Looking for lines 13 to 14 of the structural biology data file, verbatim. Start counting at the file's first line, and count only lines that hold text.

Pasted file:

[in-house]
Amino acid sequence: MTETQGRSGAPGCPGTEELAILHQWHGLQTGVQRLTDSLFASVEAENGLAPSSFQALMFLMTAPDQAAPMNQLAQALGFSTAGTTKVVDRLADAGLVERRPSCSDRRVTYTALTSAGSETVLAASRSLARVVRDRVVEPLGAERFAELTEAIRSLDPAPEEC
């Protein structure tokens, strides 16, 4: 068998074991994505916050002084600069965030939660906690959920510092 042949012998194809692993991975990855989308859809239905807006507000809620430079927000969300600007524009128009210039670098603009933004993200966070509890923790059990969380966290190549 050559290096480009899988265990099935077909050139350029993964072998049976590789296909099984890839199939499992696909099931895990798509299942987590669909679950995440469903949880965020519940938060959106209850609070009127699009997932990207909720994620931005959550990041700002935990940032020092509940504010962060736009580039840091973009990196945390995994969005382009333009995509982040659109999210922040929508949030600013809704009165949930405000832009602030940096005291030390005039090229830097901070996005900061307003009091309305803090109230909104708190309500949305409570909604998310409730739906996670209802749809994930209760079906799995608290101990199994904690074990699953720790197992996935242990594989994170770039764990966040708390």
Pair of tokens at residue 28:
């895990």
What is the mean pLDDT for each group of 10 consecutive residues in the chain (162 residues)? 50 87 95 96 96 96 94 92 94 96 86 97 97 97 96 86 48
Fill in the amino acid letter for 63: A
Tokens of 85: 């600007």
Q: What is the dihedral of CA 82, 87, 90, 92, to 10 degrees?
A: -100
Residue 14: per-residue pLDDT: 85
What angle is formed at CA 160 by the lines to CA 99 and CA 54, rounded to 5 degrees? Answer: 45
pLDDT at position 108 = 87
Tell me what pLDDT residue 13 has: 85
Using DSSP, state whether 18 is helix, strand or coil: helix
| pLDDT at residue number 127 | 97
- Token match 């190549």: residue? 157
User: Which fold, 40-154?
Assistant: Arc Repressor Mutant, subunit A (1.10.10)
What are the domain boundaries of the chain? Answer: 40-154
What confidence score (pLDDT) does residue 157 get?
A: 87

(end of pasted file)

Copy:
pLDDT at position 108 = 87
Tell me what pLDDT residue 13 has: 85